Microsoft Reveals Greenwich Pricing

Microsoft Monday unveiled the pricing of its forthcoming Live
Communications Server (formerly known as both Greenwich and the Real-Time
Communications Server), another indication that the product is inching
closer to its third quarter launch.

The Redmond, Wash.-based software titan told internetnews.com the
server will have an estimated price of $929, with Client Access Licenses
(CALs) coming in at $34.95. Microsoft said final pricing will be based on
the volume of the purchase.


“We’ve set the price for Live Communications Server to be competitive in
the marketplace, we’re confident that it represents great value for our
customers,” Ed Simnett, lead product manager for Live Communications Server
at Microsoft, told internetnews.com Friday. “As with all Microsoft
products, both on the server and the client side, customers who purchase
larger volumes of software do get discounts.”


As a solution for internal communications, the product’s price point alone
stands to make it a significant challenge to enterprise IM offerings from
Yahoo! and AOL, as well as many of the third-party IM gateways like
FaceTime, IMlogic and Akonix — which log and manage public IM, making them
safe for use within the enterprise. Typically, those solutions begin at
about $30 per user per year. The Live Communications Server’s starting
price also is competitive with Lotus Instant Messaging (formerly Sametime),
currently the market leader in enterprise IM deployments.

On another price point, however, Microsoft would seem less competitive.
The company has been shy on giving details of how Live Communications Server
will interact with its external, public .NET Messaging Service, with its
millions of MSN Messenger clients. However, the expectation is that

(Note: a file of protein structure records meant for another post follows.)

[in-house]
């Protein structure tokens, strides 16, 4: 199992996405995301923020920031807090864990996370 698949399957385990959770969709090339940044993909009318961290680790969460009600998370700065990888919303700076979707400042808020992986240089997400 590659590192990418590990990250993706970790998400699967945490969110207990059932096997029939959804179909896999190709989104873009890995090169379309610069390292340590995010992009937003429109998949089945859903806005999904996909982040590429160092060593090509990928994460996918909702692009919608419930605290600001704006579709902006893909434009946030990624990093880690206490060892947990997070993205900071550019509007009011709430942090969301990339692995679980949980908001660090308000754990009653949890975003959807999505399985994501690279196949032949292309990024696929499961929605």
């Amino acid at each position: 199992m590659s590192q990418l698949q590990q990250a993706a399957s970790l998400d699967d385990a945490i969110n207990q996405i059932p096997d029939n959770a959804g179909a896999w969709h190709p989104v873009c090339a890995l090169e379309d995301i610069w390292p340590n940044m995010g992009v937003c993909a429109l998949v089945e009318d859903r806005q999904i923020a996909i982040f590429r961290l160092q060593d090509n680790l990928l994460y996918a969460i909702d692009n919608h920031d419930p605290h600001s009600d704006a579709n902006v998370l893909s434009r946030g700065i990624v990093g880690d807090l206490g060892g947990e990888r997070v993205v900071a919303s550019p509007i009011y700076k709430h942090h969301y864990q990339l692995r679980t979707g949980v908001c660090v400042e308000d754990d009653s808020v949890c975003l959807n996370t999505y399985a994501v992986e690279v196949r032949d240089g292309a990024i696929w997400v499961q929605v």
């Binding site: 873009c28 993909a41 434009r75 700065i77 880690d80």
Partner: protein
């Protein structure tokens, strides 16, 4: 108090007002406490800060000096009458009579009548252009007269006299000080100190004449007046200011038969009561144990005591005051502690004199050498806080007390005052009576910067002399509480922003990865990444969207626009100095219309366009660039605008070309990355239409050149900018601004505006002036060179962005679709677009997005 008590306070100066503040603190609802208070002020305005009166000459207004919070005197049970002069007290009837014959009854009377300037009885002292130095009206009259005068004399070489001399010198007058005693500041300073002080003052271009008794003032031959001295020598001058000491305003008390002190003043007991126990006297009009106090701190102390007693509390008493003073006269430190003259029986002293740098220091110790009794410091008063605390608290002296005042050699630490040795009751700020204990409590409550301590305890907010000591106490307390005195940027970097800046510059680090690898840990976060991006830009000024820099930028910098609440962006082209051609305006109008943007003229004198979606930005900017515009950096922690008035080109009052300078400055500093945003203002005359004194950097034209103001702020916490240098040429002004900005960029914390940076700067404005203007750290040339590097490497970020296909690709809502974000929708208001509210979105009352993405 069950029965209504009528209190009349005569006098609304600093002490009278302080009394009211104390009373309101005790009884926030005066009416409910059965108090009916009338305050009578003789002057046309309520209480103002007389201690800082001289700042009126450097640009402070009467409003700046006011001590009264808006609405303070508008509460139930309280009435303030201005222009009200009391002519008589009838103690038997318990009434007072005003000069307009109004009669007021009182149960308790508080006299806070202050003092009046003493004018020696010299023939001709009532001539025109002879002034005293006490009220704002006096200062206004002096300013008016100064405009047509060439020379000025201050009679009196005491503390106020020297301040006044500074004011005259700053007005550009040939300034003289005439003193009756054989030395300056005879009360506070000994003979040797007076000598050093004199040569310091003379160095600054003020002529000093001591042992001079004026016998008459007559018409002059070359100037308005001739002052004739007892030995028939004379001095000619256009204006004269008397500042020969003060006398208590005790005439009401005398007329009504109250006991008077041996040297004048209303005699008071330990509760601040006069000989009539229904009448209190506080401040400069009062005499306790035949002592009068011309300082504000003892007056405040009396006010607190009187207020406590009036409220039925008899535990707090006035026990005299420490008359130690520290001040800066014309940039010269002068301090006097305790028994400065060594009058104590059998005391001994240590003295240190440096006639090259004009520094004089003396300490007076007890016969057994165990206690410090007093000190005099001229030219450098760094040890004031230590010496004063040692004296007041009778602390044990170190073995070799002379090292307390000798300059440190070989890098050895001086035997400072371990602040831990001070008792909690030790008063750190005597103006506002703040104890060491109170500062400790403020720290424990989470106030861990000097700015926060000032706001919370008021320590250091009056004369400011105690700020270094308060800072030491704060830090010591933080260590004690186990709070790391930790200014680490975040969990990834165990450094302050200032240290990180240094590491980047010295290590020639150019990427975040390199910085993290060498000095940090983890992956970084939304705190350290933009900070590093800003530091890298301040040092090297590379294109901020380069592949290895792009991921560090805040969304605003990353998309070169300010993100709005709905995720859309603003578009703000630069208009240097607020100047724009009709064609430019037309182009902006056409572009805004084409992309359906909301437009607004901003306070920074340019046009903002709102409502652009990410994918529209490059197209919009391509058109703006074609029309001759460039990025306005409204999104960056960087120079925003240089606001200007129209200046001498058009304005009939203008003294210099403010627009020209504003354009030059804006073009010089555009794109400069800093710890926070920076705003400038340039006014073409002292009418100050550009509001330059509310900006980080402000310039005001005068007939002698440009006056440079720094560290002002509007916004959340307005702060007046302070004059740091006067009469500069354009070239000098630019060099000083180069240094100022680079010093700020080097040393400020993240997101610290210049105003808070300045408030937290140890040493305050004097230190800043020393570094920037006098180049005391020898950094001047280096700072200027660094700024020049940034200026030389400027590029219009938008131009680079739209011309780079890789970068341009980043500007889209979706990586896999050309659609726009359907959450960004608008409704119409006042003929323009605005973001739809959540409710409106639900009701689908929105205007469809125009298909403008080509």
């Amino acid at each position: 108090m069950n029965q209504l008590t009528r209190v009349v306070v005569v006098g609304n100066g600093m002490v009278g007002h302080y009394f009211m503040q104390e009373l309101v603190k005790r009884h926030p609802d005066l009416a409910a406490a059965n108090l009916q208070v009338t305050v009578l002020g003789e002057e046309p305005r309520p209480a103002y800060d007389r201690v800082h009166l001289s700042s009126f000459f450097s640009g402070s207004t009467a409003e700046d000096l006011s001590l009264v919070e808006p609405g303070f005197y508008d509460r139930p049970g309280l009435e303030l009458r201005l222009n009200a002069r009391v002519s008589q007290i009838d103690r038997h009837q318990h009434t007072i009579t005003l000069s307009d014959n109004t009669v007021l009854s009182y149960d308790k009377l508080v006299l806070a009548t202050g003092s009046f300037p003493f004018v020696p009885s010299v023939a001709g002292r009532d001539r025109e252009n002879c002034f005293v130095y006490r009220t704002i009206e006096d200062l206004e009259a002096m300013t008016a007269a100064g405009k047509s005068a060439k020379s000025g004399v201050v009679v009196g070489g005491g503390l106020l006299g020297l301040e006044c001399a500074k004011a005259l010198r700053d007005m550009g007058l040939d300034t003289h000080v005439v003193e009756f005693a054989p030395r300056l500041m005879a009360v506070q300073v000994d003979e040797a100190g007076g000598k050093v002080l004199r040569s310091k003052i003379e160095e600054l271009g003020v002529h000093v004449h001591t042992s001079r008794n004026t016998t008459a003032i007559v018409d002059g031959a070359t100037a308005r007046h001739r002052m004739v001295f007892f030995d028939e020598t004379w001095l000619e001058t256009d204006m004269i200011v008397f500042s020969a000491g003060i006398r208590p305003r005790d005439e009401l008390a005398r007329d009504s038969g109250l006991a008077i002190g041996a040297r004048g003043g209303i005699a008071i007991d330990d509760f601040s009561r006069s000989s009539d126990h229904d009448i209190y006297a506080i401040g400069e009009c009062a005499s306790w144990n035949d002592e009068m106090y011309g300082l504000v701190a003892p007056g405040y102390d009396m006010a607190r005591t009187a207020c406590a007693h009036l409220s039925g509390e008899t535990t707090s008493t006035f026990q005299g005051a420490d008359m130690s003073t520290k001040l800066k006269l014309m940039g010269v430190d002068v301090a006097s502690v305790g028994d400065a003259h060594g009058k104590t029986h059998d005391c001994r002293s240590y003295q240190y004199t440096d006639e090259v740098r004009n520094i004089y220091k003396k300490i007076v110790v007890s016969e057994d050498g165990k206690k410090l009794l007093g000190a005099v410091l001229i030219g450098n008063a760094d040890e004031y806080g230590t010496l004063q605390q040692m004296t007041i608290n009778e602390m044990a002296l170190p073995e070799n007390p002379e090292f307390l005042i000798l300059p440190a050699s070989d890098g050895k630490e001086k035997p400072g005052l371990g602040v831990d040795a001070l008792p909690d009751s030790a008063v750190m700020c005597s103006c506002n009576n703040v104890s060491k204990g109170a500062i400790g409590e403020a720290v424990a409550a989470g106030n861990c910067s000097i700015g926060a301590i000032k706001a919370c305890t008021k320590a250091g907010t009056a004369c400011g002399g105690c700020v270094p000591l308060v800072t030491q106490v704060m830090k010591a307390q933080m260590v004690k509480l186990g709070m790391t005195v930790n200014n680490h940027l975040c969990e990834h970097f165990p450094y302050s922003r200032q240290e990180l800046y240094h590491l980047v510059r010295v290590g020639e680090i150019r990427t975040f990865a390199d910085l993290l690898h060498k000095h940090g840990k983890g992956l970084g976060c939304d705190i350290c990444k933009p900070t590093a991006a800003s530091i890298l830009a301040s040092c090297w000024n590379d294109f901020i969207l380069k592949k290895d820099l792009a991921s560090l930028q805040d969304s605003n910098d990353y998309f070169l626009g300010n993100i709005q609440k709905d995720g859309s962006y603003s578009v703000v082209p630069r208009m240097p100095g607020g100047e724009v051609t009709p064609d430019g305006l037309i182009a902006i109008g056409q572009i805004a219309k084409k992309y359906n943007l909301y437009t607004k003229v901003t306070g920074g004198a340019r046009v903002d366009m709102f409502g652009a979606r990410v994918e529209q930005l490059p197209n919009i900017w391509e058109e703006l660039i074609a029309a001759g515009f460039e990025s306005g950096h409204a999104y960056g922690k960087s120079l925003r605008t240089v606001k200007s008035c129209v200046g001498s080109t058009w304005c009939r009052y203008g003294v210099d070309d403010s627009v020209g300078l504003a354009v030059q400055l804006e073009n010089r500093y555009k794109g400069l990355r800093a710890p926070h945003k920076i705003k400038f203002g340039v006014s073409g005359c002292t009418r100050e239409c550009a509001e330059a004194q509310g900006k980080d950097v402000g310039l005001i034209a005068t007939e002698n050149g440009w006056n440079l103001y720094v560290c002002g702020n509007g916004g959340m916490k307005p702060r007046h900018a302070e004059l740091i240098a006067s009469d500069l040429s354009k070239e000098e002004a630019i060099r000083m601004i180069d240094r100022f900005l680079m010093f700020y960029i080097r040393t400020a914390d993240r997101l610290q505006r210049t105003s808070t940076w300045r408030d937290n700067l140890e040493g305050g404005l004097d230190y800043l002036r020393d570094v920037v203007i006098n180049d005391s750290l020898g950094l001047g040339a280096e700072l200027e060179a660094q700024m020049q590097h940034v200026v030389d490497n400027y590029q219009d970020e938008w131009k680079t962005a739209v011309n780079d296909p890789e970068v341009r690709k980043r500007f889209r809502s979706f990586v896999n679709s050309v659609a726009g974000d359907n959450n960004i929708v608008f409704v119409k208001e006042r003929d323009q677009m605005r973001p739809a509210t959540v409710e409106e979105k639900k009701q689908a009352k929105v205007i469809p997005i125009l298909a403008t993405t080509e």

third-party partners like IMlogic will step in to offer interoperability
between external and internal networks.

But an integrated implementation like this, of course, would make Live
Communications Server significantly more expensive per user than solutions
offered by AOL or Yahoo!, or MSN itself — all of which support external
communications at no additional cost. Lotus also offers an additional
per-processor pricing model for unlimited extranet use, which could make it
competitive for very high-volume deployments.


While Microsoft said it is not ready to disclose when the product will be
released to manufacturing, it did say it is on track to ship in the third
quarter.

“I don’t have any final timing on that,” Simnett said. “We’re very happy
with the timeframe we’ve committed to.”

The Live Communications Server is intended to provide secure, enterprise
instant messaging and presence — the ability to detect whether a user is
online and available. It is also geared to be a platform for emerging
communications technologies: Internet telephony, application sharing, and
video conferencing.

The Live Communications Server is built on the Session Initiation Protocol
, or SIP, a technology designed to foster communication streams
in a variety of different modes, ranging from instant messaging to VoIP
.

When Live Communications Server ships in the third quarter, Microsoft plans
to offer APIs for syndicating presence information as a free add-on for
Windows Server 2003, allowing ISVs and enterprises to embed Live
Communications Server-based presence in Web pages and to create new
applications based on the technology.

The product’s presence capabilities will allow a user who receives an email
in Outlook 2003 to see whether the sender is online and available. If so,
the user will be able to initiate an instant messaging conversation from
within Outlook. Microsoft is also pointing to the power of integrating its
Office SharePoint Portal Server 2003 with Live Communications Server,
allowing information workers working in a portal to see the presence of
teammates and initiate instant collaboration sessions in the portal
environment.


Together, SharePoint Portal Server, SharePoint Services and Live
Communications Server will provide site-based collaboration that’s tied
into Office 2003’s core applications — Word, Excel, PowerPoint, Access,
and Outlook — while also offering up embedded IM and alerting.

A user can register peers’ IM handles in the Outlook Contact List, and
special field in Word, Excel, and the other applications will reflect
colleagues’ availability, with each application capable of spawning an IM
session.

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